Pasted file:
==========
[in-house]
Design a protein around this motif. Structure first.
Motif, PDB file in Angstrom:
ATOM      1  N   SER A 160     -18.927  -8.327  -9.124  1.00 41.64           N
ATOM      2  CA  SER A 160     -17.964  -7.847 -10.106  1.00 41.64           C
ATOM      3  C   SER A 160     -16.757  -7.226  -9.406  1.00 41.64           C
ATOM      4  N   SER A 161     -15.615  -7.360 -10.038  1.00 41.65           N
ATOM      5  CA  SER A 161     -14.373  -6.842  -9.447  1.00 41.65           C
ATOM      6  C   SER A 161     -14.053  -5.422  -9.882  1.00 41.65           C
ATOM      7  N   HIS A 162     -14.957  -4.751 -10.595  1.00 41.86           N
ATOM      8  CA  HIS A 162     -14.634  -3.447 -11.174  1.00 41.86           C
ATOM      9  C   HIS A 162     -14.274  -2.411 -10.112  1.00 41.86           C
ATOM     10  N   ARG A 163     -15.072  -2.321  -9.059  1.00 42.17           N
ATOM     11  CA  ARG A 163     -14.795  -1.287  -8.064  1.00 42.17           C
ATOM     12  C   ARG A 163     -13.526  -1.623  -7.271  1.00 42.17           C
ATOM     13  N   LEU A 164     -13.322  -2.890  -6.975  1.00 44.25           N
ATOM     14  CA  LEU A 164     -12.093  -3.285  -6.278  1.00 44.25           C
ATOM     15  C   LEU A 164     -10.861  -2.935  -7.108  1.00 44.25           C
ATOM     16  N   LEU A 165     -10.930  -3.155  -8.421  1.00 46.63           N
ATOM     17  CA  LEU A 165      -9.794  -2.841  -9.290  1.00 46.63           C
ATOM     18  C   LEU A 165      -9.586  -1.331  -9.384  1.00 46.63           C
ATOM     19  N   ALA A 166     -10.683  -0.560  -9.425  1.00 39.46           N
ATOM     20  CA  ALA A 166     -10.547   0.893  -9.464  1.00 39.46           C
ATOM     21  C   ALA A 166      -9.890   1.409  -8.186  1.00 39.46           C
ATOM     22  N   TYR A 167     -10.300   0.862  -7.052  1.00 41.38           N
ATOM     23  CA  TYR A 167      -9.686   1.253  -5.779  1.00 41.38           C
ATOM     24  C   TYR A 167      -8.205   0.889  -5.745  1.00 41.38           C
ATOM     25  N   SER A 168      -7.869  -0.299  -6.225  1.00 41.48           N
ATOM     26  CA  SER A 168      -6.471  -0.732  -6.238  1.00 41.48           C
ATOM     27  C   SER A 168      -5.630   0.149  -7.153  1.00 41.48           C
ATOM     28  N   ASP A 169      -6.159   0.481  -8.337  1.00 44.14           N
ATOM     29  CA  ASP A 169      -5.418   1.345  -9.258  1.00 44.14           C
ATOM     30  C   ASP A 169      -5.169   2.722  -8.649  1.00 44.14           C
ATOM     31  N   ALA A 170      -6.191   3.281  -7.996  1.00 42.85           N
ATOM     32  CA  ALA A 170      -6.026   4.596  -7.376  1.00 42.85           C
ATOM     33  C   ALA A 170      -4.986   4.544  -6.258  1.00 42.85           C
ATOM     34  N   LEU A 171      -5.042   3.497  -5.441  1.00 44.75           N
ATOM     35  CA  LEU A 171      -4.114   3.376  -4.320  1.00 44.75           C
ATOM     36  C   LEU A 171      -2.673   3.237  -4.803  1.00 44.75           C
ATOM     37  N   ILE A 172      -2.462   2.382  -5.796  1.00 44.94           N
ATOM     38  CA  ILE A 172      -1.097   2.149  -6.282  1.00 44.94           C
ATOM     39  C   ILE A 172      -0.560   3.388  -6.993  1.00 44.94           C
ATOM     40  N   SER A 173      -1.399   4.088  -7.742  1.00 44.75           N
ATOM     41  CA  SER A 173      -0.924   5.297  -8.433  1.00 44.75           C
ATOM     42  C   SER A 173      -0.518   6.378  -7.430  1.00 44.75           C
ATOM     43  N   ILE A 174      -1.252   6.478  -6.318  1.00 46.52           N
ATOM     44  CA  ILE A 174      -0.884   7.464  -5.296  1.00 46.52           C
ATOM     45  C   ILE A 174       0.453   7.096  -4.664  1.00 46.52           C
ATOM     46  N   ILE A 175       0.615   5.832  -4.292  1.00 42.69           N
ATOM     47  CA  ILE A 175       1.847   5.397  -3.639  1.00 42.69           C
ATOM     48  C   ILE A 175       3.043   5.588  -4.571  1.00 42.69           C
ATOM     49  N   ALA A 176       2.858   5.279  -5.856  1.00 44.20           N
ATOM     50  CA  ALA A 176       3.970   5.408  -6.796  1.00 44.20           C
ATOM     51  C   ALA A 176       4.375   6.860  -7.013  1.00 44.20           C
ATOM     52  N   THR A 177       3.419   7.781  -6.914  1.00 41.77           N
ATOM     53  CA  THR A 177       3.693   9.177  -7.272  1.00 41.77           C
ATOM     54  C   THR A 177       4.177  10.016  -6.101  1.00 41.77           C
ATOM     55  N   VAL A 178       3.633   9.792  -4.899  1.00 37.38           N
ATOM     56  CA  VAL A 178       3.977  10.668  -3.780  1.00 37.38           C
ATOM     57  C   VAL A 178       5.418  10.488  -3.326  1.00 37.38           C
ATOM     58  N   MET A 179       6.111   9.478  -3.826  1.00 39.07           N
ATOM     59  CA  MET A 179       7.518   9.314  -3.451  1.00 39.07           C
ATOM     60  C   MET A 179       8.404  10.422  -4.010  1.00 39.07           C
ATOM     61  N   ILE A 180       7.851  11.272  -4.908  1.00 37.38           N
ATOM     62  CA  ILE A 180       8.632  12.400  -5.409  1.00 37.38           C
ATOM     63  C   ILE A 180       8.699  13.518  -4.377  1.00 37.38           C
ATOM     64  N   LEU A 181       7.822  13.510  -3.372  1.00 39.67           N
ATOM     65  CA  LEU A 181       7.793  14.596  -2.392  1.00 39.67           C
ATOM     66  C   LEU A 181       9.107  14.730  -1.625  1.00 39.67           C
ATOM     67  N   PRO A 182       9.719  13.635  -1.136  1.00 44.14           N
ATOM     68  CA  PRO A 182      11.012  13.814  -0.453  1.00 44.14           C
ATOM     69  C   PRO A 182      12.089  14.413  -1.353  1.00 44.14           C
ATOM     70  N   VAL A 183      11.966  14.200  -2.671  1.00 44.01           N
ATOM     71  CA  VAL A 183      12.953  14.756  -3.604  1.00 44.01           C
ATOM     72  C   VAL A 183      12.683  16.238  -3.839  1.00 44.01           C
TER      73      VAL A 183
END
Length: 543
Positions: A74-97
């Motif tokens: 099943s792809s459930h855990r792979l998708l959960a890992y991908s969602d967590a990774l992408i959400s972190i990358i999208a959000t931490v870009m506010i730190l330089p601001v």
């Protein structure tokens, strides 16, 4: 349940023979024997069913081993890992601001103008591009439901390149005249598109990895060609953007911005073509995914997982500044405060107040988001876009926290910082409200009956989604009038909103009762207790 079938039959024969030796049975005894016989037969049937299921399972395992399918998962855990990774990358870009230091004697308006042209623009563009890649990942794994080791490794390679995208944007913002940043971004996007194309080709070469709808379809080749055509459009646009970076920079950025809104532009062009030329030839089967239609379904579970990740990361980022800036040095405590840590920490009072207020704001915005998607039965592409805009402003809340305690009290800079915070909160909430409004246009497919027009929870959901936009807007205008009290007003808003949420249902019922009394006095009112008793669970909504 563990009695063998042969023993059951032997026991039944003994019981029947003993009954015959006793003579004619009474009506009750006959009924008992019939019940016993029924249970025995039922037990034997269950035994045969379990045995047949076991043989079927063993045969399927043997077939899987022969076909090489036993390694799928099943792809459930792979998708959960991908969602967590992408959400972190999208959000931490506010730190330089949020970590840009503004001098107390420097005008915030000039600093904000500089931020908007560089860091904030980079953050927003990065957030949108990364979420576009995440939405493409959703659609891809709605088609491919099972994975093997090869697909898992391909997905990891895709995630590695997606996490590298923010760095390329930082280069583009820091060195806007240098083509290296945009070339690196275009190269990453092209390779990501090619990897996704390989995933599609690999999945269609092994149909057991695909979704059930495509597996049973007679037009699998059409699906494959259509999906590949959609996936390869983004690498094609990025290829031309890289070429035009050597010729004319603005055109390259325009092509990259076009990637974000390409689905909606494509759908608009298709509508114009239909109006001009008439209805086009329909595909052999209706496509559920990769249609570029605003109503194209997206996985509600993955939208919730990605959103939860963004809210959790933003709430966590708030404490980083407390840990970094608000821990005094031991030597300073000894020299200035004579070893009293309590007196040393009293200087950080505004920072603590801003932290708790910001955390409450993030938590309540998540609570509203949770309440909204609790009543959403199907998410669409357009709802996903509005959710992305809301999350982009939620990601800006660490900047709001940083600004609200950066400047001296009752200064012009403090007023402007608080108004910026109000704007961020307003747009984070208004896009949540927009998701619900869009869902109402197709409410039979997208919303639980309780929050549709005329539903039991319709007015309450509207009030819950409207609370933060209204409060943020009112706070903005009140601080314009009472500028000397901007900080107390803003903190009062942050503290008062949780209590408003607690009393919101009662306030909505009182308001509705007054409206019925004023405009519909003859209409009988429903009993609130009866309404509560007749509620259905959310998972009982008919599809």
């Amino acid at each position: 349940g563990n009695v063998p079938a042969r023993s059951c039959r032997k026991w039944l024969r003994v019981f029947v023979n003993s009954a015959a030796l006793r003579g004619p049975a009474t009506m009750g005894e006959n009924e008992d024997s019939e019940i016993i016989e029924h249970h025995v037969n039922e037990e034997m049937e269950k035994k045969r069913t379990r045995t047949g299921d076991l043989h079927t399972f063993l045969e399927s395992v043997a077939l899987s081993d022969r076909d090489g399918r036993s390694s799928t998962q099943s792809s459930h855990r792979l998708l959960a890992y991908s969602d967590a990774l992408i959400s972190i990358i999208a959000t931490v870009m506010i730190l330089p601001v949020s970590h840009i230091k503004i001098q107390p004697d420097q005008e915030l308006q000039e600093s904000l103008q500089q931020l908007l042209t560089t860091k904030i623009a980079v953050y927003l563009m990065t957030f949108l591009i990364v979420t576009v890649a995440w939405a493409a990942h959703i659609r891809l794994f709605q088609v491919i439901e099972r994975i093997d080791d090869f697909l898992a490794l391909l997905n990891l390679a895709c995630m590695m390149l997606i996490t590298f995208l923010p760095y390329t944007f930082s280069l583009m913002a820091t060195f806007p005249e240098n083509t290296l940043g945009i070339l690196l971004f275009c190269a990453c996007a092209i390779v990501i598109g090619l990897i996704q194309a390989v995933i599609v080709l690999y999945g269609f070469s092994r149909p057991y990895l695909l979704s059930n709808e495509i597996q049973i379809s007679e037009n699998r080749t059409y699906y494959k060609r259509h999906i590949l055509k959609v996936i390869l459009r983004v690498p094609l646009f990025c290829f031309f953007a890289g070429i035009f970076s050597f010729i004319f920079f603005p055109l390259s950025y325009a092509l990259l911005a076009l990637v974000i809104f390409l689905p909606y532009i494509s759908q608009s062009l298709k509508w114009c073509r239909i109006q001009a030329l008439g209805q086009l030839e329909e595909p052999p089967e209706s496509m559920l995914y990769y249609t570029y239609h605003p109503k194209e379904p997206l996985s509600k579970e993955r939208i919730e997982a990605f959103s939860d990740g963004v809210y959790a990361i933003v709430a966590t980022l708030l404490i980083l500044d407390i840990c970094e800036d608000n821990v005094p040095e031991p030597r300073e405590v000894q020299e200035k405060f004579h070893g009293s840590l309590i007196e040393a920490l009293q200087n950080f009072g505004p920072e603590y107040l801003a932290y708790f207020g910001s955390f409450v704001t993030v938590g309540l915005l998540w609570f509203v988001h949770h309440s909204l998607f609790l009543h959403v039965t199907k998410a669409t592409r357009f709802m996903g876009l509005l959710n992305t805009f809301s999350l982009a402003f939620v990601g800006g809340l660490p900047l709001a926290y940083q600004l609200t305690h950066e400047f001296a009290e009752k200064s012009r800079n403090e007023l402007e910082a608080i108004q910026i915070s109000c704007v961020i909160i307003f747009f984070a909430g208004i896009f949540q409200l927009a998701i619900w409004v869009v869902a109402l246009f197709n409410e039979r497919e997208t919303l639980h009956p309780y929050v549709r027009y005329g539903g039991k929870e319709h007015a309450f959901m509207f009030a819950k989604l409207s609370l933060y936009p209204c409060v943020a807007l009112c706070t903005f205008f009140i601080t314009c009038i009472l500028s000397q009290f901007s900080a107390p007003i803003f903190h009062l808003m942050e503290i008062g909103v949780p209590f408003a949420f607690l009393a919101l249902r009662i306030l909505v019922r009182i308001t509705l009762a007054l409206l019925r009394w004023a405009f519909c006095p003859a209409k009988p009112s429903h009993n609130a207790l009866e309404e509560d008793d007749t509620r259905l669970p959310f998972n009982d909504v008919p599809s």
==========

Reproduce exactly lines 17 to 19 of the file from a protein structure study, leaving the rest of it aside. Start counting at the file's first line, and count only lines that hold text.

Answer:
ATOM     14  CA  LEU A 164     -12.093  -3.285  -6.278  1.00 44.25           C
ATOM     15  C   LEU A 164     -10.861  -2.935  -7.108  1.00 44.25           C
ATOM     16  N   LEU A 165     -10.930  -3.155  -8.421  1.00 46.63           N